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Magnetek_Truck 1

Auto Crane's Mobile Hydraulic Telescopic and Articulating Cranes

Tulsa, OK

by Lynn Bostrom | Feb 01, 2011


Auto Crane Company, located in Tulsa, OK, developed the very first auto crane in 1958 by placing a crane in the trunk of a car. This work-truck industry pioneer has since produced some of the most reliable cranes and crane-service bodies on the market. Continually striving to provide new and innovative products to the market, Auto Crane has introduced a number of new cranes over the years. Providing both electric and hydraulic cranes, Auto Crane now offers models with the capability of lifting up to 14,000 pounds. The company’s products are known for their innovation and versatility, maintaining its number-one position in the industry today. Auto Crane, a subsidiary of Ramsey Industries, introduced its newest innovation to the market: a totally proportional crane control system in partnership with Magnetek, Inc.

 

The challenge for Magnetek was to replace Auto Crane’s existing pistol-grip wireless hydraulic control and outdated hydraulic system. The old control system required an operator to use two hands to depress a proportional trigger and an on/off thumb trigger control that offered primarily single function control. The truck-mounted cranes handle a variety of lifting requirements for service technicians and this configuration was cumbersome and inefficient. In its original configuration, the trucks utilized basic hydraulic controls with limited proportional functions, which caused undue boom stress loads and the inability to perform multiple proportional functions at the same time. The radio remote control did not provide any crane status information, and was not scalable to meet unique user demands.

 

The Old System

The old mobile hydraulic control system employed on the crane trucks was similar to that in use by the majority of the industry, and  includes a pistol grip transmitter, series hydraulic system, single pressure switch and series circuits.

 

The system utilized a pistol grip transmitter with thumb actuated toggle switches that activated only when the proportional trigger was pressed. In the event that the toggle was accidently released, the hydraulic system could slam shut without ramping down resulting in an instant stop on the crane and load. The severe shock to the boom and truck often damaged the boom.

 

The old hydraulic system was in series causing flow degradation when two or more functions were engaged at the same time. The system’s poor metering of the hydraulic oil caused the flow rate to drop in half to the original function when an additional function was put into operation. Series configuration is considered an outdated technique for hydraulic control and is a common problem with many of the systems currently in the field.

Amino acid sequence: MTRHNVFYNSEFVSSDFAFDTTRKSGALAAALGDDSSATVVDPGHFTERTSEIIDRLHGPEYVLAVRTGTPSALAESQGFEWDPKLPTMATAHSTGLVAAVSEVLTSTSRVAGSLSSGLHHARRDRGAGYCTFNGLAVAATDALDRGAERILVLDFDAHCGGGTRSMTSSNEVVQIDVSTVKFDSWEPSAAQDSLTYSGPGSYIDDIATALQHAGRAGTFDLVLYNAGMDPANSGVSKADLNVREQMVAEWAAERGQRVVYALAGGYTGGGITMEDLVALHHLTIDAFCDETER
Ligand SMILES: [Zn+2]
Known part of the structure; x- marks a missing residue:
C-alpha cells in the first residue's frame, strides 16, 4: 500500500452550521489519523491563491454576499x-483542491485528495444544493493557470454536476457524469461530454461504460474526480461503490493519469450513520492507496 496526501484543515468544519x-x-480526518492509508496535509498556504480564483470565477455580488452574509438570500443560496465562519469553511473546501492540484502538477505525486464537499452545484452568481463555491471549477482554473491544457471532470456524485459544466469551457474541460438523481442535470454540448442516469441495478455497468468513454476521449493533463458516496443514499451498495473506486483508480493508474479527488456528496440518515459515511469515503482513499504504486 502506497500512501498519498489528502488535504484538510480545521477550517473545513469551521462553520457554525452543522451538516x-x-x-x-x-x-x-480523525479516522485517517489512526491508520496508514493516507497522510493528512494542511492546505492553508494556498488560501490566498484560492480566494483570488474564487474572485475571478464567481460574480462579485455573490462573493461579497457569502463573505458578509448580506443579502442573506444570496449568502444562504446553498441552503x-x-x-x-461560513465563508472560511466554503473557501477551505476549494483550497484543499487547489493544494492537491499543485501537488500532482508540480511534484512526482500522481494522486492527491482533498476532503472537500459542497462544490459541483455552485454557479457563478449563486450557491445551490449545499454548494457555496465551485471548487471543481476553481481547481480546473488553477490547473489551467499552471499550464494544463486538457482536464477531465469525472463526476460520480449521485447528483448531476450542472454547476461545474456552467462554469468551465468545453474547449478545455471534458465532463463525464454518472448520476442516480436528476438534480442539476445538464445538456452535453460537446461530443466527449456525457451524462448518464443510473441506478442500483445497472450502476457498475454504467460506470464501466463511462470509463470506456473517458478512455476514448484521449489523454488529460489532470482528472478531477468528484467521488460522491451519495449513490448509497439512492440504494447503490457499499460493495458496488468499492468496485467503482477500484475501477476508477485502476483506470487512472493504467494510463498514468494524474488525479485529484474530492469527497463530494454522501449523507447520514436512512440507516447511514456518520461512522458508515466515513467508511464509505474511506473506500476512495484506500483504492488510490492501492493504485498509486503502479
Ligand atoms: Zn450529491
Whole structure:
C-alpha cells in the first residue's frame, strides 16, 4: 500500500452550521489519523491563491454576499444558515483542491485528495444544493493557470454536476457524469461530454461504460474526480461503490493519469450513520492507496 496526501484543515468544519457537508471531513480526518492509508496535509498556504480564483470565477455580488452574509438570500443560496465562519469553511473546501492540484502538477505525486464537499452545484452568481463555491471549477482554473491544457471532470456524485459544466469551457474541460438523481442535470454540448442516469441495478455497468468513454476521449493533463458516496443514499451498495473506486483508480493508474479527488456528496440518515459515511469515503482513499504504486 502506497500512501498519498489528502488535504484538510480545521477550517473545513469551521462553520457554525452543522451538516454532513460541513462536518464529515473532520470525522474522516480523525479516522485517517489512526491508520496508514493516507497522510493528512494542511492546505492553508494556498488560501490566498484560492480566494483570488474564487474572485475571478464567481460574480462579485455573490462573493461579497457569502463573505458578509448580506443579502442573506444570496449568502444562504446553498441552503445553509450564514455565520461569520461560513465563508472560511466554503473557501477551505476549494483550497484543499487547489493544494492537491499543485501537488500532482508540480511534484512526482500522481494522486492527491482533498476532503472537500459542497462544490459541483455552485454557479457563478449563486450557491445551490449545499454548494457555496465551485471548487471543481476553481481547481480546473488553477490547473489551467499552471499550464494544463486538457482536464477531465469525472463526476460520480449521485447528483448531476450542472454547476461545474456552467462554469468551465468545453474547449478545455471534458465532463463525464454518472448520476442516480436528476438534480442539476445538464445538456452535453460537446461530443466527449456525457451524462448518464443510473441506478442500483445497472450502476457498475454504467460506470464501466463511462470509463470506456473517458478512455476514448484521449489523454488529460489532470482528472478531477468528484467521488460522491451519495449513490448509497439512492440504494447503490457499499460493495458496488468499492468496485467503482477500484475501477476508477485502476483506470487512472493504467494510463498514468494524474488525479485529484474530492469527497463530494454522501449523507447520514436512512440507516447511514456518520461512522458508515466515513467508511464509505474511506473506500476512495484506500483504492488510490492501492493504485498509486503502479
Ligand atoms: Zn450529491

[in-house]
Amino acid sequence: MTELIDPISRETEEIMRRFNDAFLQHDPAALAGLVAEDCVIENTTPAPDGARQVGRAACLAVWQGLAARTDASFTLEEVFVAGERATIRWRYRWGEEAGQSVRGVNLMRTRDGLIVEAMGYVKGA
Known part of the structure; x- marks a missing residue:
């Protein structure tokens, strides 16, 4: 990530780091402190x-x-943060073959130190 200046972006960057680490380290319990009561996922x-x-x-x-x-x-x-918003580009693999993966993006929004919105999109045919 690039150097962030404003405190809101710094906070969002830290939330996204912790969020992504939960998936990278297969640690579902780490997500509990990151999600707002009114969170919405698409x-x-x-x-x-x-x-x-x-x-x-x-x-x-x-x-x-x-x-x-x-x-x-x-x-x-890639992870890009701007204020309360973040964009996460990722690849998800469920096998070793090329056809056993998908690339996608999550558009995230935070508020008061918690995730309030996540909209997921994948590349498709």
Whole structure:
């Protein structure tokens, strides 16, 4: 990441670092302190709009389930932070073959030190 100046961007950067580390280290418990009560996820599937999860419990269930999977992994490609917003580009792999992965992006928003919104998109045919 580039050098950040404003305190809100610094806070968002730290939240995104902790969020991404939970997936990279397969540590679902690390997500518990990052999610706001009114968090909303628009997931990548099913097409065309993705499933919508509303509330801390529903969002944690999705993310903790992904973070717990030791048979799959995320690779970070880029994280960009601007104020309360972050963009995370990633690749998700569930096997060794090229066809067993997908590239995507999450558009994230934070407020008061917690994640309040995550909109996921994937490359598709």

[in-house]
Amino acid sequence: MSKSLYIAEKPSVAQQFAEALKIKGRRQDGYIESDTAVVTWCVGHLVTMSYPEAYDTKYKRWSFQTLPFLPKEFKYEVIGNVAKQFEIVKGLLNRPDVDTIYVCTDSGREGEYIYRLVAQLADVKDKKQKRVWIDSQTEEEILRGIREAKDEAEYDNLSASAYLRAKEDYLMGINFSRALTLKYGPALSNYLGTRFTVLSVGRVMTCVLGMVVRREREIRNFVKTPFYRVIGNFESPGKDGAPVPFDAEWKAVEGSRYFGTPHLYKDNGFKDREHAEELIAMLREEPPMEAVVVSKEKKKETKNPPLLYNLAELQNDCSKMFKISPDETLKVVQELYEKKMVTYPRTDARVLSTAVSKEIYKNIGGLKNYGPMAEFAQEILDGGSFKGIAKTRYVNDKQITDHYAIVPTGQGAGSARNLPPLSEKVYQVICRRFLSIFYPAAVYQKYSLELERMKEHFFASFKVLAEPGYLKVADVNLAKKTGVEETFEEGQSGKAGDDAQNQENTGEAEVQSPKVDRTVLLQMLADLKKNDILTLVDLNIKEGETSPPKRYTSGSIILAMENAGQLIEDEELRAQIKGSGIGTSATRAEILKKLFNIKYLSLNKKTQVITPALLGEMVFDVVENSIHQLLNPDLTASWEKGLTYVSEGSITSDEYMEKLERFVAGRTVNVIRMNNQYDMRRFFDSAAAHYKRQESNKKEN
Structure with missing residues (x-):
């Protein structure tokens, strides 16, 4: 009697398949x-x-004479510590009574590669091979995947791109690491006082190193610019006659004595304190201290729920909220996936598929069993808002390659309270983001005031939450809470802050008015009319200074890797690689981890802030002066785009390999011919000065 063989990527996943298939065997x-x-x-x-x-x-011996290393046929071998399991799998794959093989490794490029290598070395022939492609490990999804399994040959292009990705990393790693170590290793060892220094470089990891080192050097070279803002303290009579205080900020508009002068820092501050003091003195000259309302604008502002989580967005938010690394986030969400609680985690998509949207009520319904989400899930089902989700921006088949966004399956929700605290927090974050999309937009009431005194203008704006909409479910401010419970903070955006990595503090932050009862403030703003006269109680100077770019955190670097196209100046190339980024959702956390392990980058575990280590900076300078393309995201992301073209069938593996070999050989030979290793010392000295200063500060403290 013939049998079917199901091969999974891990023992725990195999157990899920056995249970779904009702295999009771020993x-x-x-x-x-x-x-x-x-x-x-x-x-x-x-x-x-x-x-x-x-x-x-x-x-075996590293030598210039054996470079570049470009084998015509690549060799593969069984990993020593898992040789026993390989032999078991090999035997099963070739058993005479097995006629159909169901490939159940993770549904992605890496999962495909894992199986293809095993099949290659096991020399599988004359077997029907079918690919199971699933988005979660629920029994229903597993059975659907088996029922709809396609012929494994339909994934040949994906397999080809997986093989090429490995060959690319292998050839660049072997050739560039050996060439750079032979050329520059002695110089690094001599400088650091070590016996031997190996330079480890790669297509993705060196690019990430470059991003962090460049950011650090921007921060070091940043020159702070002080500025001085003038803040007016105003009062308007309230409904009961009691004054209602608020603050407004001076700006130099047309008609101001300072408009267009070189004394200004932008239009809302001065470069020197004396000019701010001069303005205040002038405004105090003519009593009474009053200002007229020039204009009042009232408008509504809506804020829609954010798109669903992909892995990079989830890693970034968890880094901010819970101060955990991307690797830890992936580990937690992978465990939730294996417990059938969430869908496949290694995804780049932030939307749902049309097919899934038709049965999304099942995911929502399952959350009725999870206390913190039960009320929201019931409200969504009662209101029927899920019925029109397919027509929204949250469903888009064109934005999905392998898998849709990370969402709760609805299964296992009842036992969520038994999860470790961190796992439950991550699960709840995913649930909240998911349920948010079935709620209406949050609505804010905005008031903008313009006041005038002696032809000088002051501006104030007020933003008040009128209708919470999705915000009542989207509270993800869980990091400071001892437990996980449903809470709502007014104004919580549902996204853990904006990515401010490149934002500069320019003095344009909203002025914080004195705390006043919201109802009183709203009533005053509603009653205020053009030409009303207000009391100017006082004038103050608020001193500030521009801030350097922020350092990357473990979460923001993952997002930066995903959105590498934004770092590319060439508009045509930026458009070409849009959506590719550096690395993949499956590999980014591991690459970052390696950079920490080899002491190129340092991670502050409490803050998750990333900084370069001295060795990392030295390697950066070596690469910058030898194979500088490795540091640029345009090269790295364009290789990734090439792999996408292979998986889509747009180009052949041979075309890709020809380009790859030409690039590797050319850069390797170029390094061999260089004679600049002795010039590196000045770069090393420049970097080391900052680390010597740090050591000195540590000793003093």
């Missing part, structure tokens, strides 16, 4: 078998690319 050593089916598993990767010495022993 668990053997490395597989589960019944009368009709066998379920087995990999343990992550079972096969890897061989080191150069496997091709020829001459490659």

All of these issues were rectified by the new system designed and manufactured by GSNA and Magnetek for Auto Crane’s numerous mobile hydraulic truck sizes, configurations and applications.

 

The New System

Magnetek provided the state-of-the-art crane control and operating systems that offer fully proportional hydraulic valve control, with multiple speed scaling and the ability to operate multiple functions of the crane at one time. The team moved technologies once only found in expensive high-end trucks to economical mid- to lower-end models. The new system is comprised of three major components: the hydraulic system, the hand-held transmitter, and the receiver. The three major components work together to produce a crane load management system that is extremely user friendly to the operator and provides for the efficient and safe operation of the crane.

 

The new hydraulic system is scalable from 5,000 pound cranes to 14,000 pound cranes. The new design allows for a change in speed and performance parameters through the entire load range. One valve bank is used through Auto Crane’s entire product range with the only change being the electric current parameters set through the control. A crane’s profile is pre-loaded into the controller and every crane has its own profile. So, the controller reads and matches the correct control profile for each crane – this is where the marriage of the hydraulics and electronics really excelled.

 

The system significantly improves the truck’s stability and safety by implementing a total machine control system that monitors and coordinates all machine movements. Level, pressure and proximity sensors measure positions, determine loading and monitor speeds of critical machine functions. I/O modules provide electro-hydraulic proportional control of the crane functions. Wireless technology is a proven solution for flexible remote machine control. Integrating the wireless controller with the CAN network, including operator control, provides a cost effective, efficient and safe control network for a machine operator.

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